After 36 Years, an Experiment in Private Prisons Comes to an End in Tennessee
CHATTANOOGA, Tenn. (CN) — Thirty-six years ago, international attention rested on a county jail that sat alongside a narrow road in the northeast corner of Chattanooga, Tennessee.
Journalists from Switzerland and Canada toured the prison. The CBS Show “60 Minutes” featured it in an episode, according to newspaper clippings found at the Chattanooga Public Library.
The Hamilton County Commission voted to hand over operation of the facility to Corrections Corporation of America, known today as CoreCivic, and the company took over the penal farm on Oct. 15, 1984.
Silverdale was a step up. Before it, CoreCivic had only begun managing an immigration detention center in Texas and a juvenile facility in Memphis. This was one of the first times a private company in recent history, riding the idea of privatization, would take over an adult facility. Today, it is one of the largest private prison companies in the nation.
It caught the attention of the world.
“Silverdale is the place where everyone will decide if a private company can or should operate a prison,” then-Warden Bob Landon told the Chattanooga Times in 1985.
But this summer, CoreCivic sent a letter to the county saying it was exercising a clause that allowed it to withdraw from the facility within 180 days. The Hamilton County Sheriff’s Office is now quickly attempting to take over the aging facility.
And then there was news back in mid-February that two federal judges directed all 52 federal inmates who were housed in the facility to be transferred out and housed in neighboring facilities. They did so, according to the Chattanooga Times Free Press, for the prisoners’ safety, and the sheriff’s office launched a criminal investigation.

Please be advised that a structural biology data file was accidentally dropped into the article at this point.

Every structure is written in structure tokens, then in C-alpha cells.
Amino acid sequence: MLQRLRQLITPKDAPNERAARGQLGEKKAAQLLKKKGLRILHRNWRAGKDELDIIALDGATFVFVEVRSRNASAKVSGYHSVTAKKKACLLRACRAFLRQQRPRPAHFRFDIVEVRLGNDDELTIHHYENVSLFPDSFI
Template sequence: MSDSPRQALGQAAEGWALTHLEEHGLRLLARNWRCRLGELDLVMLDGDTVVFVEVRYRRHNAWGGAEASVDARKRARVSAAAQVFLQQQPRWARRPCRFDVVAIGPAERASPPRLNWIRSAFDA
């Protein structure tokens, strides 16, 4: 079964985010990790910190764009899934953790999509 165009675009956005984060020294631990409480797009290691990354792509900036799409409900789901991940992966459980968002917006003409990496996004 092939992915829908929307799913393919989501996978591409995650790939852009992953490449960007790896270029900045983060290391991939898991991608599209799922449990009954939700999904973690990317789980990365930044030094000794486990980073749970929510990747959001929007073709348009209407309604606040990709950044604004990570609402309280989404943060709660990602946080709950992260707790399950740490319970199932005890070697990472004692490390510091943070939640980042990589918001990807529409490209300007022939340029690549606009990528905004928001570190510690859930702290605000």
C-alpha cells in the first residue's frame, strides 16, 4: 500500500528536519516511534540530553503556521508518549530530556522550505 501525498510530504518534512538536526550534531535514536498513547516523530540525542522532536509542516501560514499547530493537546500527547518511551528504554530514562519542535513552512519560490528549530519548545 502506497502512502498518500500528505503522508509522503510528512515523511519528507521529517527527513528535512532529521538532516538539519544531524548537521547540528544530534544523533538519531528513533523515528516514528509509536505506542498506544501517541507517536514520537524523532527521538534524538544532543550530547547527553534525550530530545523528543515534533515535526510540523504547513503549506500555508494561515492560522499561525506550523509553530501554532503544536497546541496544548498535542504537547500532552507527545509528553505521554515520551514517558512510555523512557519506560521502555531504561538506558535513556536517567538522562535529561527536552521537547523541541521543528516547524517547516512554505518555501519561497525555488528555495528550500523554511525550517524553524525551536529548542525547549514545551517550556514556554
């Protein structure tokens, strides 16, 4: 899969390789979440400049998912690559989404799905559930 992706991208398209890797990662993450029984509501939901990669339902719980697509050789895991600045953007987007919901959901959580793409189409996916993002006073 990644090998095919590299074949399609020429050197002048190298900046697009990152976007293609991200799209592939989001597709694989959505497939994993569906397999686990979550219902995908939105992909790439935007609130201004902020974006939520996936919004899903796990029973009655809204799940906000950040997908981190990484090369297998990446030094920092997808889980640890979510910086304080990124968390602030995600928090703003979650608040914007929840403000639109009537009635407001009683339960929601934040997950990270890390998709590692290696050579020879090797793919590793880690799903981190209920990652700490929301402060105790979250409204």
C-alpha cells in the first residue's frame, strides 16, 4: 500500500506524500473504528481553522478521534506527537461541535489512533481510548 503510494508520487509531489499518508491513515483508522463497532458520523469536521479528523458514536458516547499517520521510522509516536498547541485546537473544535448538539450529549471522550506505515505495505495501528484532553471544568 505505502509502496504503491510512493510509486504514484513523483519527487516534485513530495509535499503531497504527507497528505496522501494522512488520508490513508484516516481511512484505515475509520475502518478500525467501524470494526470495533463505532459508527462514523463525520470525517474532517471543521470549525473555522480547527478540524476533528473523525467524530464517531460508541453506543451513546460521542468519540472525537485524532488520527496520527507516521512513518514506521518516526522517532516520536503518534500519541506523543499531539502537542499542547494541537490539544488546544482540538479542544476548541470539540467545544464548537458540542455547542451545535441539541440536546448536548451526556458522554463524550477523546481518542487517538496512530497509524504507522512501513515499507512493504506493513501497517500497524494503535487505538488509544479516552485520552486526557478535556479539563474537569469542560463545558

“There was a general understanding, not just among the judges, federal judges, but also the state judges that Silverdale was not being repaired the way it needed to, there was too much laxness in the way that the private company was dealing with the issues,” Hamilton County Sheriff Jim Hammond said in an interview with Courthouse News.
At the request of the judges, Hammond launched an investigation – which included an undercover component – that found many repairs in the facility were left unaddressed. Hammond handed the results over to the county’s Security and Corrections Committee.
For several years, at least one criminal court judge in Hamilton County expressed concern over the access to medical care at Silverdale. While Judge Tom Greenholtz declined a request for an interview, he pointed out several court records where, for instance, he suspended a man’s sentence because when the man developed a “shoulder condition,” the facility gave him Tylenol instead of administering an x-ray; the facility also said the man “refused” treatment for a “cancerous condition,” according to the 2017 order.
In February, federal judges in the U.S. District Court for the Eastern District of Tennessee had “suggested strongly” Hammond move federal prisoners from Silverdale but did not issue an order, the sheriff said.
Federal judges Sandy Mattice and Travis McDonough did not respond to requests for interviews.
The county’s Security and Corrections Committee met June 19 to consider letting the contract with CoreCivic expire when it was up for renewal in two years.